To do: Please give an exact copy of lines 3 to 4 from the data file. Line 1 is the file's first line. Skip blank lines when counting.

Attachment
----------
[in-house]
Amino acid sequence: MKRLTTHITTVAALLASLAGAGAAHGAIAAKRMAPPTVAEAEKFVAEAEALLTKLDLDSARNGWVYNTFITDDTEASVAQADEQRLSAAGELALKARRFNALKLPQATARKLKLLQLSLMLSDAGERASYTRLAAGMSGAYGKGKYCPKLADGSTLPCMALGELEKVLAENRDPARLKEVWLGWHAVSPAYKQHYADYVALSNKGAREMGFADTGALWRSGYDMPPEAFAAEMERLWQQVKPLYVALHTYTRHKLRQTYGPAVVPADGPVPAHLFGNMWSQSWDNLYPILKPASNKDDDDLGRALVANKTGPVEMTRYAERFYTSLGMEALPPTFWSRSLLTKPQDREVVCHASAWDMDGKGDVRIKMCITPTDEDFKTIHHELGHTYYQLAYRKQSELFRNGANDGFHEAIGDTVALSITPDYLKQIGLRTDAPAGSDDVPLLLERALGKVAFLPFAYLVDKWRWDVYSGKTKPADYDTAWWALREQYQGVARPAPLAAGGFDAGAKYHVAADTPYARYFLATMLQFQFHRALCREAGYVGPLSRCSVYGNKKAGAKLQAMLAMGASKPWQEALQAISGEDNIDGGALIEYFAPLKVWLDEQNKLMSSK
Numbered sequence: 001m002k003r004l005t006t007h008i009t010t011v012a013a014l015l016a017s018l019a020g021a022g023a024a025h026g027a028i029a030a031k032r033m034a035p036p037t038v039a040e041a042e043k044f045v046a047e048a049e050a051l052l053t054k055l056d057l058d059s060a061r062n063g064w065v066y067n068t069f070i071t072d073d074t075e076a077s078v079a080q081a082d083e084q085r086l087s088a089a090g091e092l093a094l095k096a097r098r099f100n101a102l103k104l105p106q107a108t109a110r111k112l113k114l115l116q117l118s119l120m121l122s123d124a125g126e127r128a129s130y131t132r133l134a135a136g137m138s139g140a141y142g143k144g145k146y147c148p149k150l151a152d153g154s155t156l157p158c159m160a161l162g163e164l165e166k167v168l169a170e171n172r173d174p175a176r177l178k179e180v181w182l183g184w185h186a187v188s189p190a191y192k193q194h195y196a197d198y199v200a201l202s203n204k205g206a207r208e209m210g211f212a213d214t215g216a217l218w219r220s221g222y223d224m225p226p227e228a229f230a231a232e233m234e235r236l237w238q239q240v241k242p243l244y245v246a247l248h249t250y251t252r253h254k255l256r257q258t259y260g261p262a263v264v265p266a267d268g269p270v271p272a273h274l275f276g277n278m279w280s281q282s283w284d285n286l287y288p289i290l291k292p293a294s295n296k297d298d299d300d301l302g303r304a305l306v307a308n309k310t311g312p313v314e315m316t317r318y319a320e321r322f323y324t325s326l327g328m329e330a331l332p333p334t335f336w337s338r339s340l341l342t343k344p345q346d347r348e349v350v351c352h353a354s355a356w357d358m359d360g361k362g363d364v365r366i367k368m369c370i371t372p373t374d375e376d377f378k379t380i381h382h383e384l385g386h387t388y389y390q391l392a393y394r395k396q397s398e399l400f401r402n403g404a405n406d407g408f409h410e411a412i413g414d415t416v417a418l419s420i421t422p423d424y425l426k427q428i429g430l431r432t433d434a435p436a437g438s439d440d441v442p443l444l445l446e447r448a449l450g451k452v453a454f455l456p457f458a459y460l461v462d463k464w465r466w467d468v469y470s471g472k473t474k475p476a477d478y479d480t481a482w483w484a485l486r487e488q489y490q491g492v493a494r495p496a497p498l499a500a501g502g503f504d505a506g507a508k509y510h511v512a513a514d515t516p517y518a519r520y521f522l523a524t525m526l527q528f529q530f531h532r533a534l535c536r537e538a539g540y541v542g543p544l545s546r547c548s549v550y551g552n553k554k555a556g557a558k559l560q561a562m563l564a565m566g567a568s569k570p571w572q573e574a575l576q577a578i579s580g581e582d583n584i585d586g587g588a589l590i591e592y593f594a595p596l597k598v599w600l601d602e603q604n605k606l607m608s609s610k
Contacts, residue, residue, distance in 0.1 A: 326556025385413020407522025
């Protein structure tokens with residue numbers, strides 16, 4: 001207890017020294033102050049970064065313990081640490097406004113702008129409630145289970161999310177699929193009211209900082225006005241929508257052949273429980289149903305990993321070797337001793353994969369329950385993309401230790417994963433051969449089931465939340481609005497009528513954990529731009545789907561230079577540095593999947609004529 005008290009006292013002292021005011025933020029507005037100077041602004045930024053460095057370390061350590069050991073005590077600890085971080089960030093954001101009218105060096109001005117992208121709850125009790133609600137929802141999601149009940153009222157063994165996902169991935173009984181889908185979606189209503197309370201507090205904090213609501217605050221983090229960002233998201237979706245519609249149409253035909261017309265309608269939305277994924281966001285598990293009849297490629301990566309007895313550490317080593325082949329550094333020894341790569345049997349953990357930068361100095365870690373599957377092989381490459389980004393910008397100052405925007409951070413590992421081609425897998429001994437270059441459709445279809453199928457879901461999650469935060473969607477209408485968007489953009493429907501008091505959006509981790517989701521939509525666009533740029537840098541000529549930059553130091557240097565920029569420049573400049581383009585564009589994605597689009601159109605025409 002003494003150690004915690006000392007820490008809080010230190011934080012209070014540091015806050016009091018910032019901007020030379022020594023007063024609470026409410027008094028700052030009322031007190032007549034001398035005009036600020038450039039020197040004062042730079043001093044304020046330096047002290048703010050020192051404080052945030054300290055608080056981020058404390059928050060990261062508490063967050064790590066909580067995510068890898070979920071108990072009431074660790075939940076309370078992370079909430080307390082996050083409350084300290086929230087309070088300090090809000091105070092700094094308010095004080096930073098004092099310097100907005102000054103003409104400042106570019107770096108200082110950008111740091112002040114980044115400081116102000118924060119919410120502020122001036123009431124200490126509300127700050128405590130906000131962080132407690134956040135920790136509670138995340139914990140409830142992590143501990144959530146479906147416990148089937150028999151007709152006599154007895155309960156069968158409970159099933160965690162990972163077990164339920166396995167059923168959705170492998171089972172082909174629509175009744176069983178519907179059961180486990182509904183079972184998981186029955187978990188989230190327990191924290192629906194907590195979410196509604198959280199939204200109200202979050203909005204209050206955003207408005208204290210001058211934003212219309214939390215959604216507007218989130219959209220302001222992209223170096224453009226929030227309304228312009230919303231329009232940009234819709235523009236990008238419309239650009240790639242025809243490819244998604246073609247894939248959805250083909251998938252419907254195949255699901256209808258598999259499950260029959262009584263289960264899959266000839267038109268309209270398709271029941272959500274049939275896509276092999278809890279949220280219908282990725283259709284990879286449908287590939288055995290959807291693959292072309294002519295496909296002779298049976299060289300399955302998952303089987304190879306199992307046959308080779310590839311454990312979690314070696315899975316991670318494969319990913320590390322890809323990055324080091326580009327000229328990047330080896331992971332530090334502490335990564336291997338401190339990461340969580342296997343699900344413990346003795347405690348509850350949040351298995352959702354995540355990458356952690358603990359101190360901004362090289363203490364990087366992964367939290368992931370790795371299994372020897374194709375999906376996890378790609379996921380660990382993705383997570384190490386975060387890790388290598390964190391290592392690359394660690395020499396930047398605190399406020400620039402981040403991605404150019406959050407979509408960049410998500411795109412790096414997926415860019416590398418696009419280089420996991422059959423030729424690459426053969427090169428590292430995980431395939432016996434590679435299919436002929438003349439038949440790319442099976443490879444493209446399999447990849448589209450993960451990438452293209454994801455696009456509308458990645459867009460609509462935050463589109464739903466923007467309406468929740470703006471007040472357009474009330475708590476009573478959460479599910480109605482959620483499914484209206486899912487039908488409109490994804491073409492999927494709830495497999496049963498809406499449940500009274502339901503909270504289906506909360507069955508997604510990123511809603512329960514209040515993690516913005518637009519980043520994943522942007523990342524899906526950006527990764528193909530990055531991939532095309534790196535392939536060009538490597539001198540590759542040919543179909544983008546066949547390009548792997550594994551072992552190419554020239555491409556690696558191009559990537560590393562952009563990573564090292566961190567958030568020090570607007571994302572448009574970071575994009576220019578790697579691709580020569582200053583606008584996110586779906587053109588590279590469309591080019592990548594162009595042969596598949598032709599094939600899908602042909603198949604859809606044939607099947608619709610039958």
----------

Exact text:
Numbered sequence: 001m002k003r004l005t006t007h008i009t010t011v012a013a014l015l016a017s018l019a020g021a022g023a024a025h026g027a028i029a030a031k032r033m034a035p036p037t038v039a040e041a042e043k044f045v046a047e048a049e050a051l052l053t054k055l056d057l058d059s060a061r062n063g064w065v066y067n068t069f070i071t072d073d074t075e076a077s078v079a080q081a082d083e084q085r086l087s088a089a090g091e092l093a094l095k096a097r098r099f100n101a102l103k104l105p106q107a108t109a110r111k112l113k114l115l116q117l118s119l120m121l122s123d124a125g126e127r128a129s130y131t132r133l134a135a136g137m138s139g140a141y142g143k144g145k146y147c148p149k150l151a152d153g154s155t156l157p158c159m160a161l162g163e164l165e166k167v168l169a170e171n172r173d174p175a176r177l178k179e180v181w182l183g184w185h186a187v188s189p190a191y192k193q194h195y196a197d198y199v200a201l202s203n204k205g206a207r208e209m210g211f212a213d214t215g216a217l218w219r220s221g222y223d224m225p226p227e228a229f230a231a232e233m234e235r236l237w238q239q240v241k242p243l244y245v246a247l248h249t250y251t252r253h254k255l256r257q258t259y260g261p262a263v264v265p266a267d268g269p270v271p272a273h274l275f276g277n278m279w280s281q282s283w284d285n286l287y288p289i290l291k292p293a294s295n296k297d298d299d300d301l302g303r304a305l306v307a308n309k310t311g312p313v314e315m316t317r318y319a320e321r322f323y324t325s326l327g328m329e330a331l332p333p334t335f336w337s338r339s340l341l342t343k344p345q346d347r348e349v350v351c352h353a354s355a356w357d358m359d360g361k362g363d364v365r366i367k368m369c370i371t372p373t374d375e376d377f378k379t380i381h382h383e384l385g386h387t388y389y390q391l392a393y394r395k396q397s398e399l400f401r402n403g404a405n406d407g408f409h410e411a412i413g414d415t416v417a418l419s420i421t422p423d424y425l426k427q428i429g430l431r432t433d434a435p436a437g438s439d440d441v442p443l444l445l446e447r448a449l450g451k452v453a454f455l456p457f458a459y460l461v462d463k464w465r466w467d468v469y470s471g472k473t474k475p476a477d478y479d480t481a482w483w484a485l486r487e488q489y490q491g492v493a494r495p496a497p498l499a500a501g502g503f504d505a506g507a508k509y510h511v512a513a514d515t516p517y518a519r520y521f522l523a524t525m526l527q528f529q530f531h532r533a534l535c536r537e538a539g540y541v542g543p544l545s546r547c548s549v550y551g552n553k554k555a556g557a558k559l560q561a562m563l564a565m566g567a568s569k570p571w572q573e574a575l576q577a578i579s580g581e582d583n584i585d586g587g588a589l590i591e592y593f594a595p596l597k598v599w600l601d602e603q604n605k606l607m608s609s610k
Contacts, residue, residue, distance in 0.1 A: 326556025385413020407522025